News & Events
- Hirsch: What we do at this meeting matters
- Ohio needs more infrastructure, food processing to meet demand for local food
- Tips for entrepreneurs overheard at the Ohio Farm and Food Leadership Forum
- Catlett tells farmers to prepare for the golden age of agriculture
- Transition Planning and Social Security Benefits
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You're proud of the folks working with you on the farm. But is your employee management helping your operation or holding it back? Making them better makes your farm better, so it's a win-win for everyone.
Fresh, local farm-to-table food shouldn’t be just for the well-to-do, Todd Mills says. It should be accessible to more people, even those without a lot of money to spend eating out.
The reason dairy farmers should still be profitable — at least in part — is because feed inputs are falling faster than the milk price. This means the sales-to-input ratio should still be positive for many farmers, and it also means they may want to hold off on signing up for the farm bill margin protection programs — at least for now.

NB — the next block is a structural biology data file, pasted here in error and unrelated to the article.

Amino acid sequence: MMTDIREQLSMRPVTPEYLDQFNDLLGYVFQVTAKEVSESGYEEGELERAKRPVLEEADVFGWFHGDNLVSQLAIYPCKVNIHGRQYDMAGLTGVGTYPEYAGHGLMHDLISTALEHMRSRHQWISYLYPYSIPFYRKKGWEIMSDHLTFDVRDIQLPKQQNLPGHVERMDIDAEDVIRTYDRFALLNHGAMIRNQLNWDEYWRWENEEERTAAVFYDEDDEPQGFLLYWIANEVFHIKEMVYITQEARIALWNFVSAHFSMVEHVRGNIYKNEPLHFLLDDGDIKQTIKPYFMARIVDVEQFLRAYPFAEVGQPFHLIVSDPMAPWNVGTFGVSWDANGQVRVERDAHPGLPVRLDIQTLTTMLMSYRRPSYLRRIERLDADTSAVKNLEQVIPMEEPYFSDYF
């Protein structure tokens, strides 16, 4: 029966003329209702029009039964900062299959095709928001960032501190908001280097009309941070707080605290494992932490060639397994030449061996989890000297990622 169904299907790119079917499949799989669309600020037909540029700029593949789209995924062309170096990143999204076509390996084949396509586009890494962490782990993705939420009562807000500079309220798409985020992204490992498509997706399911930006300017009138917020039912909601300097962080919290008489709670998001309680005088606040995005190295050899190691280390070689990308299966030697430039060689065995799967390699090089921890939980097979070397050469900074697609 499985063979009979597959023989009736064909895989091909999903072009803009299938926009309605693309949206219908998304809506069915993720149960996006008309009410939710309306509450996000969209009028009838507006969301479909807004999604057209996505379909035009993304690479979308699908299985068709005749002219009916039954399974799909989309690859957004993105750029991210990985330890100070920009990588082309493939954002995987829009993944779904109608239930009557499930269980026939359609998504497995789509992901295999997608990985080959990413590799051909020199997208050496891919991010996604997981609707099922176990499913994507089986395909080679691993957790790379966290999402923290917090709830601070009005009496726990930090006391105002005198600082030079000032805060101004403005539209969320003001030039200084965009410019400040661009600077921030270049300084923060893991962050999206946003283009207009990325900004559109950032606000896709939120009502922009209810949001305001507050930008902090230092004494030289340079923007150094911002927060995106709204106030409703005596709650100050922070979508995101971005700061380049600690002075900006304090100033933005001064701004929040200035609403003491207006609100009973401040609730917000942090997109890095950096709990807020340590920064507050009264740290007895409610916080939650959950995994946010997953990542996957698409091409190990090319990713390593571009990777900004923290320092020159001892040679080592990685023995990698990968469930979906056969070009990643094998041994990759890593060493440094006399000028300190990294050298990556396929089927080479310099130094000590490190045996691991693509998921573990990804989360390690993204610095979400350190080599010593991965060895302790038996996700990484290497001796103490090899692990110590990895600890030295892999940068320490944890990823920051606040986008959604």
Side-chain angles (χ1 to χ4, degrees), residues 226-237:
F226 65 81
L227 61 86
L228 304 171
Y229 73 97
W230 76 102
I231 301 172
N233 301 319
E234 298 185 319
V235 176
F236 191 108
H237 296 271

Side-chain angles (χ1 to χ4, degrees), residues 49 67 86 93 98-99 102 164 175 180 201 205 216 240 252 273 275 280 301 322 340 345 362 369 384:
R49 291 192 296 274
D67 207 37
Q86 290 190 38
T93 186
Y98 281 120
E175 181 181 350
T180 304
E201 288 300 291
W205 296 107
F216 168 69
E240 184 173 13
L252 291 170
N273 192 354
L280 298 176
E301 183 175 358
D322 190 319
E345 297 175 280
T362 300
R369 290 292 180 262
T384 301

“Four different tracks this year,” Rule said. “We have a leadership development track, community development, technology and agriculture and current issues that are going to be going on throughout the day with some really great outside speakers that bring a lot of expertise to those topics.”
The study, to be published online Wednesday, Dec. 10, in the Proceedings of the Royal Society B, tackles the lingering perception that organic farming, while offering an environmentally sustainable alternative to chemically intensive agriculture, cannot produce enough food to satisfy the world’s appetite.